Donoghue Targets 58 Fore Street for ‘Inclusionary Zoning’

Michael and David Discatio, Two of the Three Brothers Who Have Entered into a Partnership with Jonathan Culley, Redfern Properties.

Michael and David Discatio, Two of the Three Brothers Who Have Entered into a Partnership with Jonathan Culley, Redfern Properties, to Redevelop 665 Congress Street; Formerly Joe’s Smoke Shop.

Architect's Rendering of a Proposed Redevelopment of  665 /Congress Street.

Architect’s Rendering of a Proposed Redevelopment of 665 /Congress Street.

By Carol McCracken  (Post # 2,238)

Inclusionary zoning is the latest buzz word around city hall these days. If you haven’t heard it yet:

It’s a zoning prac\tice that requires developers of ten (10) or more than residential units to set aside 10% of those units for those at or below the median income level.  The idea was unsuccessfully floated around city hall last year, but it has resurfaced recently. Possibly the movement is a backlash against  the high-end residential construction happening on Munjoy Hill – such as 118 Munjoy Hill – with its  “in your face” presence.  Or maybe the movement is to pacify and mollify a block of District 1 voters  who makeup the SoulsofPortland – an ad hoc group dedicated to stopping the development of 58 Fore Street – a mission the Souls, led by attorney Barbara Vestal,  have pursued unsuccessfully so far. The Souls have evolved into advocates for affordable housing as well. This concession to the Souls  could help them to save face on Munjoy Hill. Or, it could be a way to increase affordable housing on the peninsula. Take your pick!

Last night the Housing & Community Development Committee listened to a presentation by Jeff Levine, Director of the Planning Office, about the merits of inclusionary zoning (“IZ“)  IZ could help alleviate the low rental vacancy that Portland has, but it would not be a panacea for the lack of affordable housing.  Other steps are needed to accomplish that. Following that, the Committee  listened to testimony from local developers who believe it could backfire if implemented by the City.  Leading the developers’ opposition was Jonathan Culley, Redfern Properties. Culley is a prominent developer in Portland  with multiple developments in various stages of production. He’s able to do this he told the Committee because of low interest rates – of 4 1/2%.  But that rate will increase and when that happens, IZ will prevent similar projects from entering the development pipeline Culley told the Committee. Other developers testified against the “IZ,” but no one testified in favor of its implementation.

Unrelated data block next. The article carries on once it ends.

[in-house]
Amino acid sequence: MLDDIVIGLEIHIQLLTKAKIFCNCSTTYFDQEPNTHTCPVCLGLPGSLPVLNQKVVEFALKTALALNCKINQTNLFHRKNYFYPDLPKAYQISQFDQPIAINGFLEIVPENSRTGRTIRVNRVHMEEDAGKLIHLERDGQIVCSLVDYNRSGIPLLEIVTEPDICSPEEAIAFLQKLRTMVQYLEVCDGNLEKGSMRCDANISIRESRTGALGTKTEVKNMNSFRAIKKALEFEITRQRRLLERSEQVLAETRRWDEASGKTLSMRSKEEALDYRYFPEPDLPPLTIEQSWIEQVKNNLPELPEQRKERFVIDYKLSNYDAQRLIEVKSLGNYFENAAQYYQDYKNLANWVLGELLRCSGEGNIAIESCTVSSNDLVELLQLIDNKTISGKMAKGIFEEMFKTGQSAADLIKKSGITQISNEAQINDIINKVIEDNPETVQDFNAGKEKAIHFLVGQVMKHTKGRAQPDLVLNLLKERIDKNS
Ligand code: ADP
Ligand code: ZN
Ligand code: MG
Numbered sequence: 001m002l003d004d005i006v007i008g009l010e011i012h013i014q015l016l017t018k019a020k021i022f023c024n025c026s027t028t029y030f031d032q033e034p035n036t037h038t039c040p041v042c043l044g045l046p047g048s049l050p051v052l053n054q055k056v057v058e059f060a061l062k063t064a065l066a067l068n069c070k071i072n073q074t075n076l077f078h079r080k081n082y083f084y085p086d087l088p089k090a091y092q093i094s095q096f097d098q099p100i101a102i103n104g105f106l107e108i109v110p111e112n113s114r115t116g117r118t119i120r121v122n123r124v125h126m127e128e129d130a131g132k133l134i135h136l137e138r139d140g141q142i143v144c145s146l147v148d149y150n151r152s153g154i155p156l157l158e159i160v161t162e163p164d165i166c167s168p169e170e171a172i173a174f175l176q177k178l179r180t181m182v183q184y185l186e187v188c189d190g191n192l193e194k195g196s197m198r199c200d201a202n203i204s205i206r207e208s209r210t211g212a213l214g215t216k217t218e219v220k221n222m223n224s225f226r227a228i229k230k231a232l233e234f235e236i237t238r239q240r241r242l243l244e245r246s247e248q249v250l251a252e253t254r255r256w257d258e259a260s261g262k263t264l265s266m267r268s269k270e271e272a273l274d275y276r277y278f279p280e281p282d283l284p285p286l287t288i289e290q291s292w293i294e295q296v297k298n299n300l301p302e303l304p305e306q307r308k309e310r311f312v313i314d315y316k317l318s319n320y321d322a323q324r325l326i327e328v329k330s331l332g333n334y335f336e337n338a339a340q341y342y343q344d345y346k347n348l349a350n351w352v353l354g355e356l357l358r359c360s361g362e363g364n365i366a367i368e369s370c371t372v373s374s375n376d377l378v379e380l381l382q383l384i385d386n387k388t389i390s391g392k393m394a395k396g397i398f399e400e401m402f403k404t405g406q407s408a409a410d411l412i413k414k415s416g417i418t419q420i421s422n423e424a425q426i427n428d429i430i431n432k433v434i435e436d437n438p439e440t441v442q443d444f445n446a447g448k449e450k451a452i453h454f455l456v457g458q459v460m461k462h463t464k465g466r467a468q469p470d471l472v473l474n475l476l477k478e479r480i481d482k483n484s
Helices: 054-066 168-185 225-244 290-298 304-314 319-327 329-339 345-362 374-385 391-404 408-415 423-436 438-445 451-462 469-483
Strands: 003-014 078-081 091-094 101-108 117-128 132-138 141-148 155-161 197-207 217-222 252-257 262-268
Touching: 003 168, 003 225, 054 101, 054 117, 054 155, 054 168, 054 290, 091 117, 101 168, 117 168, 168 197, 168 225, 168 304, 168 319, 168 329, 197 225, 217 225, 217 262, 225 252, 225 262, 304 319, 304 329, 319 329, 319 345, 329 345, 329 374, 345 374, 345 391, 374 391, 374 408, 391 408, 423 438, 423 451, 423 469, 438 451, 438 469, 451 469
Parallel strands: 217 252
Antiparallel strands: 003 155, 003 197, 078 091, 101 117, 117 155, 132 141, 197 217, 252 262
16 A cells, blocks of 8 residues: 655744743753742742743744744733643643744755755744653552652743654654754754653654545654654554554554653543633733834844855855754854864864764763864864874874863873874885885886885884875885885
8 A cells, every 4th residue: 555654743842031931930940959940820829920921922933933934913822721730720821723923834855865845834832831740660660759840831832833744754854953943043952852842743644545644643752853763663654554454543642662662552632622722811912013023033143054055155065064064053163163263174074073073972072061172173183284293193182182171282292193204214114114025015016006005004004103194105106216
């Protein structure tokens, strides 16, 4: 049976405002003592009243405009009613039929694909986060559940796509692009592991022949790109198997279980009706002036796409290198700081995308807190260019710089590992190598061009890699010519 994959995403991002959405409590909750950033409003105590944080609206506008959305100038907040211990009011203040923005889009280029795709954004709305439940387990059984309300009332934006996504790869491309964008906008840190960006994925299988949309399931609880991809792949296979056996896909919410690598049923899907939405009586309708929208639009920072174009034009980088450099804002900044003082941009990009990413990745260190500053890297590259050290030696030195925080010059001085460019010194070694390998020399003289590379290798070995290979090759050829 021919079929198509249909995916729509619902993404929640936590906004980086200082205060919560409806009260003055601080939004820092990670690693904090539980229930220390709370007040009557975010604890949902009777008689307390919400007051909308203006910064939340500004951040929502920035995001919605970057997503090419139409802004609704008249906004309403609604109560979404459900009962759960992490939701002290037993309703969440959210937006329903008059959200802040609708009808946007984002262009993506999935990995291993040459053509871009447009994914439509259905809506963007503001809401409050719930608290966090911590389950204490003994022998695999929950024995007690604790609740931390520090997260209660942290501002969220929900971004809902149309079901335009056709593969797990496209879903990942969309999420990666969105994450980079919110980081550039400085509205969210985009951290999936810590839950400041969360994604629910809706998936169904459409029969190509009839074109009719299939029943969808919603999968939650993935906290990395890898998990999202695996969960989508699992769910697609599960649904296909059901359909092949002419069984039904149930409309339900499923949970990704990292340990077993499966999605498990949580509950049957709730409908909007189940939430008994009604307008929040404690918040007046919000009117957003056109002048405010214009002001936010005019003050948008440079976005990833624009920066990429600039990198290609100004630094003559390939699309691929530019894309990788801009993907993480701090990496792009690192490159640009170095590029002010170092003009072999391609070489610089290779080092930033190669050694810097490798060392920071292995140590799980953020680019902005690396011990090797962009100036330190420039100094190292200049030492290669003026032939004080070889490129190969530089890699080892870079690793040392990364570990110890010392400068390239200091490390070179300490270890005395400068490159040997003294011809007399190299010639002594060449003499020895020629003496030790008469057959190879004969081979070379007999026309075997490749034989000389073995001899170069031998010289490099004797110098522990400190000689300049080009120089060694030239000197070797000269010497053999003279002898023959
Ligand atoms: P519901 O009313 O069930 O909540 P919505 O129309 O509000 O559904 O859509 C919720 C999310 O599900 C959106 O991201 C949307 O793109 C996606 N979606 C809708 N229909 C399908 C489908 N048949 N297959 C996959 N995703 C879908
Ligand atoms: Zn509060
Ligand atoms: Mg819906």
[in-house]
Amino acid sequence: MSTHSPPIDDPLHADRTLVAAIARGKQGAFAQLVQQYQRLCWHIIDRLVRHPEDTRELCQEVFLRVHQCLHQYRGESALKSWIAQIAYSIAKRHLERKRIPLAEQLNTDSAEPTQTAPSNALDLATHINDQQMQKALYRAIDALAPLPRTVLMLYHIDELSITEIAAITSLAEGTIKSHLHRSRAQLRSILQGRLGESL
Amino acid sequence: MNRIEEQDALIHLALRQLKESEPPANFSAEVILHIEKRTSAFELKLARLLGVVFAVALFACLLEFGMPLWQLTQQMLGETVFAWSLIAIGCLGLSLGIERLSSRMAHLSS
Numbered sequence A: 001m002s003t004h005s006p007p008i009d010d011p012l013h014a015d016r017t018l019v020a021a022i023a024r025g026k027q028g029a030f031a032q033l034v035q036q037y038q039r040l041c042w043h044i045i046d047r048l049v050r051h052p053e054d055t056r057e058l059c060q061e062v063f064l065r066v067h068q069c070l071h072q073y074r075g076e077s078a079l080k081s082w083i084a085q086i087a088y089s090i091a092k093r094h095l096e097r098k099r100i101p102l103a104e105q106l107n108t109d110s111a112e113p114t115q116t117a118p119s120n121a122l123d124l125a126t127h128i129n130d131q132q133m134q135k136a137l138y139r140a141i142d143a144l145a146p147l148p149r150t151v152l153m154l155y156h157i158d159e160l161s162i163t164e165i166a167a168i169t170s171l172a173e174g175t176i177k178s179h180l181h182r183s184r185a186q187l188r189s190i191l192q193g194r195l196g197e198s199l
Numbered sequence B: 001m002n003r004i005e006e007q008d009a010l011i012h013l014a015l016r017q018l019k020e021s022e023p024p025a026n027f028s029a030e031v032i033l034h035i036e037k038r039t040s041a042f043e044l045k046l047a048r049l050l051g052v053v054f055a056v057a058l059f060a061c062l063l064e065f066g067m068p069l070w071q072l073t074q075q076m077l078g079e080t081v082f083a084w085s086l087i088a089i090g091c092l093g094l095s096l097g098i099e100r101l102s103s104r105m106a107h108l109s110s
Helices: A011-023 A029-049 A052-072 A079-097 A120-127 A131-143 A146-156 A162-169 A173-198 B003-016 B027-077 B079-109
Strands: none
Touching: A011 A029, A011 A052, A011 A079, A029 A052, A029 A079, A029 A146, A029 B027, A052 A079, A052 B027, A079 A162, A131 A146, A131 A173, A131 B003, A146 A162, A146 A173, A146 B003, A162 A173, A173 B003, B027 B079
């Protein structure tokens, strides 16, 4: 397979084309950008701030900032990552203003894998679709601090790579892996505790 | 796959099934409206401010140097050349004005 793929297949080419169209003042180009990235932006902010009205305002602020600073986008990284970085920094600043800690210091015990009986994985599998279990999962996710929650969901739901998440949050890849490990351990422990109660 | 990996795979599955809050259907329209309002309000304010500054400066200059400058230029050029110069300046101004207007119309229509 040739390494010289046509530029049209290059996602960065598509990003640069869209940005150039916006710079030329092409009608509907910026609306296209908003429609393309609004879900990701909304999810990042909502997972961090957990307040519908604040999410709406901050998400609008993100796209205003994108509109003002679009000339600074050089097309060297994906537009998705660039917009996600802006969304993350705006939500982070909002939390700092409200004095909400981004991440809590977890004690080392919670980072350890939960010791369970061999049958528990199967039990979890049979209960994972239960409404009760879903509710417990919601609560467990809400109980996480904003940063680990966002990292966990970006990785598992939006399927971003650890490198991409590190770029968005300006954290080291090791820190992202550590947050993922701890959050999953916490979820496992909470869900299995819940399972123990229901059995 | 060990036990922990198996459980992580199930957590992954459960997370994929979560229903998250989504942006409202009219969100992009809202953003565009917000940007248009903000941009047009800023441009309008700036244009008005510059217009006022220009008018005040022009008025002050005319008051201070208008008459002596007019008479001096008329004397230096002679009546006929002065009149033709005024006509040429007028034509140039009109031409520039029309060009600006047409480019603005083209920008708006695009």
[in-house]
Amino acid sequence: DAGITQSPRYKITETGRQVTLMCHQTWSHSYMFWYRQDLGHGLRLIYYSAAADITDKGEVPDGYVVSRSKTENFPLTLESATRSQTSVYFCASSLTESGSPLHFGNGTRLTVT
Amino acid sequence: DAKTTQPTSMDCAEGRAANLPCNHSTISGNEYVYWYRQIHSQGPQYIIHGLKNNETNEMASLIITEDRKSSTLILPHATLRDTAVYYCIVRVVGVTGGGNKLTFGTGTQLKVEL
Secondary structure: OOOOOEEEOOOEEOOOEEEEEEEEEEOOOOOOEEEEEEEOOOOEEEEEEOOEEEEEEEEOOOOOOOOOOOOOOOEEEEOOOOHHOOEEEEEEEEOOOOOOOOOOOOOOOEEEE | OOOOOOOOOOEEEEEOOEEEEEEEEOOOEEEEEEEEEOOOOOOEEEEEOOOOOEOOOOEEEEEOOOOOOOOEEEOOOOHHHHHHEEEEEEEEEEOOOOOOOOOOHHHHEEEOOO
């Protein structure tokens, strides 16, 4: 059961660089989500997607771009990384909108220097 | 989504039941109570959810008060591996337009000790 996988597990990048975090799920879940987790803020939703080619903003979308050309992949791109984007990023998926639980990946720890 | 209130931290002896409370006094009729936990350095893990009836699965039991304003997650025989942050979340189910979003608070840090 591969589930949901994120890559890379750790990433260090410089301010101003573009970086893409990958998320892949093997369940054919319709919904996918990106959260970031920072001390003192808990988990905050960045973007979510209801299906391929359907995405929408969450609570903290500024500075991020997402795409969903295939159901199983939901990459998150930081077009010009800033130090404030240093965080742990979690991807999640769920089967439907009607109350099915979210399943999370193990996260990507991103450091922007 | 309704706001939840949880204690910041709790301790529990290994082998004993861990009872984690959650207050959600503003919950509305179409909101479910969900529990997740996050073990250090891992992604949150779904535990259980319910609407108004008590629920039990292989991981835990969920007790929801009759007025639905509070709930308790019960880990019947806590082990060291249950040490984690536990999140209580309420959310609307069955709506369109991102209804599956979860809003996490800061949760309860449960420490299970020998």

Chris O’Neil, liaison betwen the city and the Portland Community Chamber, said that the IZ is nothing more than a tax on developers and is opposed to it. A Task Force is addressing the subject and will release its recommendations in the near future

Committee member and councilor David Brennerman said he would have to be convinced IZ would work.  “Let’s have an experimental area to see if it works.  Are developers willing to do this?” he asked.  “Development might not happen at the level we want because of the IZ.  We need to inject some economic realism here.  We might not get the type of development we want.”

Committee chair Donoghue said:  “We want to remove  barriers to all types of housing. We should look at high value  areas for IZ.  That’s why we should focus on the eastern waterfront.”  The debate will continue.

Meanwhile, Culley has filed paperwork with Portland requesting a zoning map amendment for his his plan  to redevelop 665 Congress Street into a 132 unit rental building, eight stories high.  The property is the original site of Joe’s Smoke Shop, renamed Joe’s Super Variety. Culley has formed a partnership with the three brothers who own the property, Michael, David and Steven Discatio which would permit their popular store to remain in its current location – just brand new. “We are very aware of the facade of the building.  It’s important that it fit into  the historical context of the area,” said Culley.  “That’s why it will be built of red brick.”  The proposed building is also shorter than the adjacent building. The other developments in which Culley and his wife are involved are:  Munjoy  Heights, West End Place and a large rental building on Anderson Street in  Bayside.  Culley and his partners hope to break ground on Congress Street by the end of 2015 and open in 2017.